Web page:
by Flemming Hedén, Senior Engagement Manager at GES
Where are we on the path to fixing the climate mess that we have created? Nowhere near is the correct answer. At current speed, if all promises are kept and if already discounted technological breakthroughs become a reality, we will still be far from the goal set at COP21 in Paris.
Is anyone trying to do something about it? Clearly, yes. There is now more activity than ever before, this is true even outside of the scientific community which has been shouting about the urgent need to act for a long time. Now, non-specialists the world over rapidly go through the five stages of climate change acceptance: denial, anger, bargaining, depression, and acceptance. With acceptance in place, action is the logical next step. Luckily, it is sometimes those that resisted change most stubbornly that later become the strongest advocates for change.
That this fundamental shift cannot be stopped was clearly shown at the recent COP23 meeting in Bonn, where, for the 23rd time, the parties to the UN framework climate change convention met to work out the details of how to save the world from man-made climate change. The new U.S. president announced in June this year that the country would cease all participation in the Paris Agreement and with a key greenhouse gas emitter out of the agreement the whole thing could have fallen to pieces.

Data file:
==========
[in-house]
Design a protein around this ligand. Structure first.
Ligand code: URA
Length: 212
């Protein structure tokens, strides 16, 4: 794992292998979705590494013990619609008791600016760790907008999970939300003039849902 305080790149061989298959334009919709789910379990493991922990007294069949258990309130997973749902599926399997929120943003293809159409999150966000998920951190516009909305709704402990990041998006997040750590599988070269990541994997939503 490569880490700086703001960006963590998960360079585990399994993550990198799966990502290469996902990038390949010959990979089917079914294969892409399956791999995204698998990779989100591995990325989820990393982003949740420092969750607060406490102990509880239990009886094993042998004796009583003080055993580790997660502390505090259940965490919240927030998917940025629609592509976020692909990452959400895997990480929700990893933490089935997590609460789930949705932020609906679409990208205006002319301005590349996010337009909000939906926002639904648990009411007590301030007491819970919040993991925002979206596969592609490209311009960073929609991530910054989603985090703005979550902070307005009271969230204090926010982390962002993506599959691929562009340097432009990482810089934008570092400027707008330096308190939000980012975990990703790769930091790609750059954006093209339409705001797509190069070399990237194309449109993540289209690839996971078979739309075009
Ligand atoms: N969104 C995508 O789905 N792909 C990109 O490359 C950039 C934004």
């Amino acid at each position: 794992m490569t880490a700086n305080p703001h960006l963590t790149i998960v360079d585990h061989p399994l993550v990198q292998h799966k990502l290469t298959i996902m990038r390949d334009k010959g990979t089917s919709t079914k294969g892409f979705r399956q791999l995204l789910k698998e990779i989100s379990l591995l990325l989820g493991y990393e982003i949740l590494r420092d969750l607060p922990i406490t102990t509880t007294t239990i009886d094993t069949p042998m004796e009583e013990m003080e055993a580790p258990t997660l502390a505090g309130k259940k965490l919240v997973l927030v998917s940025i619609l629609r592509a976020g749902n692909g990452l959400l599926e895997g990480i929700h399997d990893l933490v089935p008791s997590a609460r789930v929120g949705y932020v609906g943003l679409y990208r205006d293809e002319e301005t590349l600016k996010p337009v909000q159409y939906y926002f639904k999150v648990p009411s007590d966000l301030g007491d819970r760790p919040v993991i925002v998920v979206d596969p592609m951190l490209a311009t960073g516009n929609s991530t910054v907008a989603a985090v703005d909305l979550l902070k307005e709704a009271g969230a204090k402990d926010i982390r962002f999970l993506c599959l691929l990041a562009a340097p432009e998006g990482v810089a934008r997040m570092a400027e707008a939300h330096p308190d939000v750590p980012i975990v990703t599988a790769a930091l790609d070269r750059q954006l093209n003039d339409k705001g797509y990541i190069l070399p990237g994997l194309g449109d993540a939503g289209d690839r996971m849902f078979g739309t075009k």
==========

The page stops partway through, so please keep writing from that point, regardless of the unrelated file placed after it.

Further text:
Falling apart was not what seemed to happen. Instead, the resolve of the rest of the world seemed to grow even stronger. A coalition of twenty countries and two US states, Oregon and Washington, pledged to go completely coal-free by 2030. And a coalition of US cities, states and businesses, representing more than half the U.S. economy and population, came to the meeting with a pledge to align with what the U.S. as a nation agreed to in Paris (“We Are Still In”). These are important signals to investors that, no matter what, the world will deal with man-made climate change.
Bit-by-bit, at COP23 the details continued to be pinned down on matters such as “Loss and Damage” which in general terms is a kind of insurance initiative that would oblige developed, industrialized countries to provide funds to reimburse poor and developing countries for economic losses due to the impacts of climate change. This is, of course, part of a bigger and still unresolved problem over who should pay for fixing the problem. But there is increasing agreement that we all will be losers if we continue to avoid the difficult questions.
There is also a growing awareness that by delaying action, the problem will only become bigger. Very rapidly, things that seemed unthinkable just a few years ago, now seem wholly possible and real. Just look at what is happening with renewable energy, it is exceeding expectations and projections. Still, there are plenty of reasons to say that this is far from enough and that more mental barriers need to be broken down.
Do not be surprised if, in the near future, a price on carbon emissions, perhaps through taxes, will get real teeth. Courts have already started ruling in favour of individual and generational climate justice. Now, investors need to position themselves appropriately and keep their eyes closely on the ball to stay on the right side of history.